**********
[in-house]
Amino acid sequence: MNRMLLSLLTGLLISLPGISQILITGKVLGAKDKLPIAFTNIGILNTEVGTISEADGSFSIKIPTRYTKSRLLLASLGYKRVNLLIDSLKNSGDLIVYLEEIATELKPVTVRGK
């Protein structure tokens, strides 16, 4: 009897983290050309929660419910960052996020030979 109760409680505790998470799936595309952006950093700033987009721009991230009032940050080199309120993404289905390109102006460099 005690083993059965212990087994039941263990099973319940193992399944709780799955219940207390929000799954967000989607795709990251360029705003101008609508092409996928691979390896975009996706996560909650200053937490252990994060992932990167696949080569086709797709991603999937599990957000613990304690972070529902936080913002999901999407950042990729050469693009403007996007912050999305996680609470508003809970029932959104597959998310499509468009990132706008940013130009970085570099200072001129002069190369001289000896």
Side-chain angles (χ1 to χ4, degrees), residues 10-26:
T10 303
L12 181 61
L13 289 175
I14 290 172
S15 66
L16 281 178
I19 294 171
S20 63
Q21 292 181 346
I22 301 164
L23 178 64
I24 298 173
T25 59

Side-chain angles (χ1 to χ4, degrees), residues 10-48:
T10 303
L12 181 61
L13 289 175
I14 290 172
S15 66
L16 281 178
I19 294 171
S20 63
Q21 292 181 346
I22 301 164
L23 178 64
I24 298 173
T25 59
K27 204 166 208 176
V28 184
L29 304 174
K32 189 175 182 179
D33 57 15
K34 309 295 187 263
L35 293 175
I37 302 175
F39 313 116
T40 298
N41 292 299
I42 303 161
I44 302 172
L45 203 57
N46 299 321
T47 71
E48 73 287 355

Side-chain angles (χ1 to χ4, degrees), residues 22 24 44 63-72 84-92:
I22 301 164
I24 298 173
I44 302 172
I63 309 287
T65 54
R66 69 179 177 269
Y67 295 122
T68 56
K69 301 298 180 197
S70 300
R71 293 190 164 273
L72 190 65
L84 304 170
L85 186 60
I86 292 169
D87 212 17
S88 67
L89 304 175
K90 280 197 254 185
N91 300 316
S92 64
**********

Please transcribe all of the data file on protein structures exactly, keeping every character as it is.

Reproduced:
[in-house]
Amino acid sequence: MNRMLLSLLTGLLISLPGISQILITGKVLGAKDKLPIAFTNIGILNTEVGTISEADGSFSIKIPTRYTKSRLLLASLGYKRVNLLIDSLKNSGDLIVYLEEIATELKPVTVRGK
């Protein structure tokens, strides 16, 4: 009897983290050309929660419910960052996020030979 109760409680505790998470799936595309952006950093700033987009721009991230009032940050080199309120993404289905390109102006460099 005690083993059965212990087994039941263990099973319940193992399944709780799955219940207390929000799954967000989607795709990251360029705003101008609508092409996928691979390896975009996706996560909650200053937490252990994060992932990167696949080569086709797709991603999937599990957000613990304690972070529902936080913002999901999407950042990729050469693009403007996007912050999305996680609470508003809970029932959104597959998310499509468009990132706008940013130009970085570099200072001129002069190369001289000896």
Side-chain angles (χ1 to χ4, degrees), residues 10-26:
T10 303
L12 181 61
L13 289 175
I14 290 172
S15 66
L16 281 178
I19 294 171
S20 63
Q21 292 181 346
I22 301 164
L23 178 64
I24 298 173
T25 59

Side-chain angles (χ1 to χ4, degrees), residues 10-48:
T10 303
L12 181 61
L13 289 175
I14 290 172
S15 66
L16 281 178
I19 294 171
S20 63
Q21 292 181 346
I22 301 164
L23 178 64
I24 298 173
T25 59
K27 204 166 208 176
V28 184
L29 304 174
K32 189 175 182 179
D33 57 15
K34 309 295 187 263
L35 293 175
I37 302 175
F39 313 116
T40 298
N41 292 299
I42 303 161
I44 302 172
L45 203 57
N46 299 321
T47 71
E48 73 287 355

Side-chain angles (χ1 to χ4, degrees), residues 22 24 44 63-72 84-92:
I22 301 164
I24 298 173
I44 302 172
I63 309 287
T65 54
R66 69 179 177 269
Y67 295 122
T68 56
K69 301 298 180 197
S70 300
R71 293 190 164 273
L72 190 65
L84 304 170
L85 186 60
I86 292 169
D87 212 17
S88 67
L89 304 175
K90 280 197 254 185
N91 300 316
S92 64